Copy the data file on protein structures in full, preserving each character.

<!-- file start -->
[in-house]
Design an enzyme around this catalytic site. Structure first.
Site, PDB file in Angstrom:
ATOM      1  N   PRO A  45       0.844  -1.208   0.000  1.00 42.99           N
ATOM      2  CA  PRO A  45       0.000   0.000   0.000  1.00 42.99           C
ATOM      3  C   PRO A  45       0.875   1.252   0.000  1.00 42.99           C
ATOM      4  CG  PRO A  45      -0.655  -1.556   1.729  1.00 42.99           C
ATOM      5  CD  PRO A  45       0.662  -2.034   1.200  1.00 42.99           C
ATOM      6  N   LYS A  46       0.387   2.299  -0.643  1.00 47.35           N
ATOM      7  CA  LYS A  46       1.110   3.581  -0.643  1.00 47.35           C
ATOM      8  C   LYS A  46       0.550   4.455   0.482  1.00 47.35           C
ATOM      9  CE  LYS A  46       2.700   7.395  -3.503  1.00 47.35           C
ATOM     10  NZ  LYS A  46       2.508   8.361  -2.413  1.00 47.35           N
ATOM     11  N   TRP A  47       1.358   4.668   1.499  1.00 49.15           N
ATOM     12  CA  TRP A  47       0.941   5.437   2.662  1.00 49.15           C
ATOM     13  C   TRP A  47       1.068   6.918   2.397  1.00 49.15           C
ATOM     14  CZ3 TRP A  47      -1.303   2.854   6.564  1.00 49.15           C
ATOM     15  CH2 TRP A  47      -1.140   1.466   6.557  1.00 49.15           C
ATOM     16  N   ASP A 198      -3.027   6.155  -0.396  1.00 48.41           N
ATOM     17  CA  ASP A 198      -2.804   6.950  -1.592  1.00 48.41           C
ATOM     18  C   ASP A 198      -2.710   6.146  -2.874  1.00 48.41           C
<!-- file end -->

[in-house]
Design an enzyme around this catalytic site. Structure first.
Site, PDB file in Angstrom:
ATOM      1  N   PRO A  45       0.844  -1.208   0.000  1.00 42.99           N
ATOM      2  CA  PRO A  45       0.000   0.000   0.000  1.00 42.99           C
ATOM      3  C   PRO A  45       0.875   1.252   0.000  1.00 42.99           C
ATOM      4  CG  PRO A  45      -0.655  -1.556   1.729  1.00 42.99           C
ATOM      5  CD  PRO A  45       0.662  -2.034   1.200  1.00 42.99           C
ATOM      6  N   LYS A  46       0.387   2.299  -0.643  1.00 47.35           N
ATOM      7  CA  LYS A  46       1.110   3.581  -0.643  1.00 47.35           C
ATOM      8  C   LYS A  46       0.550   4.455   0.482  1.00 47.35           C
ATOM      9  CE  LYS A  46       2.700   7.395  -3.503  1.00 47.35           C
ATOM     10  NZ  LYS A  46       2.508   8.361  -2.413  1.00 47.35           N
ATOM     11  N   TRP A  47       1.358   4.668   1.499  1.00 49.15           N
ATOM     12  CA  TRP A  47       0.941   5.437   2.662  1.00 49.15           C
ATOM     13  C   TRP A  47       1.068   6.918   2.397  1.00 49.15           C
ATOM     14  CZ3 TRP A  47      -1.303   2.854   6.564  1.00 49.15           C
ATOM     15  CH2 TRP A  47      -1.140   1.466   6.557  1.00 49.15           C
ATOM     16  N   ASP A 198      -3.027   6.155  -0.396  1.00 48.41           N
ATOM     17  CA  ASP A 198      -2.804   6.950  -1.592  1.00 48.41           C
ATOM     18  C   ASP A 198      -2.710   6.146  -2.874  1.00 48.41           C